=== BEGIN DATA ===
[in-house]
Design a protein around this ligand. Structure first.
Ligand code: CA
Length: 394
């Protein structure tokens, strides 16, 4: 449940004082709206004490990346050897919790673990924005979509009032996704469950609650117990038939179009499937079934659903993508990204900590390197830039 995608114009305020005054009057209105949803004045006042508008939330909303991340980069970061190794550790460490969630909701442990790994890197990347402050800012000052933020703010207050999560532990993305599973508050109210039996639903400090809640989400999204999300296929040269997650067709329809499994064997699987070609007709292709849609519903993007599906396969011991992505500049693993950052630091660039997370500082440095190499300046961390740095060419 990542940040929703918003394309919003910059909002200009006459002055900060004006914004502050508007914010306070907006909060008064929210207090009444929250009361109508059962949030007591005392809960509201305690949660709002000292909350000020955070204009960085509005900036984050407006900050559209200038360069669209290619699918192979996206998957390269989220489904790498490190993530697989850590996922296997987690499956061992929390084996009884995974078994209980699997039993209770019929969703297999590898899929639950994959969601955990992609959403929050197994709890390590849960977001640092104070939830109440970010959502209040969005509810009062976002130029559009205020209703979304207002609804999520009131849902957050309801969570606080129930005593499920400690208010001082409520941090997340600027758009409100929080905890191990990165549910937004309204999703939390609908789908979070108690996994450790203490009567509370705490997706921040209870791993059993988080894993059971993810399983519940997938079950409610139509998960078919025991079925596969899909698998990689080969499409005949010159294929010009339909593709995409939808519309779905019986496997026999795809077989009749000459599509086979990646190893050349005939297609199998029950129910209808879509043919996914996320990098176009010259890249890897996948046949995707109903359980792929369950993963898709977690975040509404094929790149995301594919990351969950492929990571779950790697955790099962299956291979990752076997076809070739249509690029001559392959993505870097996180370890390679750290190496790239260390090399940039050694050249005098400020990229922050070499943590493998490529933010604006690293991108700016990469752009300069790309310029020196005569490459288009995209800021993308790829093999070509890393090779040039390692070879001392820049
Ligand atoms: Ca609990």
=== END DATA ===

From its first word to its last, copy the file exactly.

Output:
[in-house]
Design a protein around this ligand. Structure first.
Ligand code: CA
Length: 394
């Protein structure tokens, strides 16, 4: 449940004082709206004490990346050897919790673990924005979509009032996704469950609650117990038939179009499937079934659903993508990204900590390197830039 995608114009305020005054009057209105949803004045006042508008939330909303991340980069970061190794550790460490969630909701442990790994890197990347402050800012000052933020703010207050999560532990993305599973508050109210039996639903400090809640989400999204999300296929040269997650067709329809499994064997699987070609007709292709849609519903993007599906396969011991992505500049693993950052630091660039997370500082440095190499300046961390740095060419 990542940040929703918003394309919003910059909002200009006459002055900060004006914004502050508007914010306070907006909060008064929210207090009444929250009361109508059962949030007591005392809960509201305690949660709002000292909350000020955070204009960085509005900036984050407006900050559209200038360069669209290619699918192979996206998957390269989220489904790498490190993530697989850590996922296997987690499956061992929390084996009884995974078994209980699997039993209770019929969703297999590898899929639950994959969601955990992609959403929050197994709890390590849960977001640092104070939830109440970010959502209040969005509810009062976002130029559009205020209703979304207002609804999520009131849902957050309801969570606080129930005593499920400690208010001082409520941090997340600027758009409100929080905890191990990165549910937004309204999703939390609908789908979070108690996994450790203490009567509370705490997706921040209870791993059993988080894993059971993810399983519940997938079950409610139509998960078919025991079925596969899909698998990689080969499409005949010159294929010009339909593709995409939808519309779905019986496997026999795809077989009749000459599509086979990646190893050349005939297609199998029950129910209808879509043919996914996320990098176009010259890249890897996948046949995707109903359980792929369950993963898709977690975040509404094929790149995301594919990351969950492929990571779950790697955790099962299956291979990752076997076809070739249509690029001559392959993505870097996180370890390679750290190496790239260390090399940039050694050249005098400020990229922050070499943590493998490529933010604006690293991108700016990469752009300069790309310029020196005569490459288009995209800021993308790829093999070509890393090779040039390692070879001392820049
Ligand atoms: Ca609990």